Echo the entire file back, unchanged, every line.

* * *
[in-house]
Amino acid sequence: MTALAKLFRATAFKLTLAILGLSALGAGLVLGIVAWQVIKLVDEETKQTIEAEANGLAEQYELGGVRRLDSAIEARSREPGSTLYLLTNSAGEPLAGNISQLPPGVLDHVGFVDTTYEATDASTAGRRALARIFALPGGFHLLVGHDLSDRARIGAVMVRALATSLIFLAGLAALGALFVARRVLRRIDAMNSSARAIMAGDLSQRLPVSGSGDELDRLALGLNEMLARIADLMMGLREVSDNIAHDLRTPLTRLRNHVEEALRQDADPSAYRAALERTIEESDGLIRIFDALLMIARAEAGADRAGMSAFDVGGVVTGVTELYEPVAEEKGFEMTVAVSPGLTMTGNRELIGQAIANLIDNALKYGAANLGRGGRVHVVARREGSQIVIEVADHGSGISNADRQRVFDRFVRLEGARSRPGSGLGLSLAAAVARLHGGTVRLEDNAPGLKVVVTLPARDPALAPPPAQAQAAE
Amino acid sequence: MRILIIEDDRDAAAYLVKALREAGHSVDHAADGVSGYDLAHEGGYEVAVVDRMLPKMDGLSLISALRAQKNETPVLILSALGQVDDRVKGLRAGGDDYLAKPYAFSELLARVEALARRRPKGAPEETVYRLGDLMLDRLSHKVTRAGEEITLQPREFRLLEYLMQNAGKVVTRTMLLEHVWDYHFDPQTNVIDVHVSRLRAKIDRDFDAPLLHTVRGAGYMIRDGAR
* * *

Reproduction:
[in-house]
Amino acid sequence: MTALAKLFRATAFKLTLAILGLSALGAGLVLGIVAWQVIKLVDEETKQTIEAEANGLAEQYELGGVRRLDSAIEARSREPGSTLYLLTNSAGEPLAGNISQLPPGVLDHVGFVDTTYEATDASTAGRRALARIFALPGGFHLLVGHDLSDRARIGAVMVRALATSLIFLAGLAALGALFVARRVLRRIDAMNSSARAIMAGDLSQRLPVSGSGDELDRLALGLNEMLARIADLMMGLREVSDNIAHDLRTPLTRLRNHVEEALRQDADPSAYRAALERTIEESDGLIRIFDALLMIARAEAGADRAGMSAFDVGGVVTGVTELYEPVAEEKGFEMTVAVSPGLTMTGNRELIGQAIANLIDNALKYGAANLGRGGRVHVVARREGSQIVIEVADHGSGISNADRQRVFDRFVRLEGARSRPGSGLGLSLAAAVARLHGGTVRLEDNAPGLKVVVTLPARDPALAPPPAQAQAAE
Amino acid sequence: MRILIIEDDRDAAAYLVKALREAGHSVDHAADGVSGYDLAHEGGYEVAVVDRMLPKMDGLSLISALRAQKNETPVLILSALGQVDDRVKGLRAGGDDYLAKPYAFSELLARVEALARRRPKGAPEETVYRLGDLMLDRLSHKVTRAGEEITLQPREFRLLEYLMQNAGKVVTRTMLLEHVWDYHFDPQTNVIDVHVSRLRAKIDRDFDAPLLHTVRGAGYMIRDGAR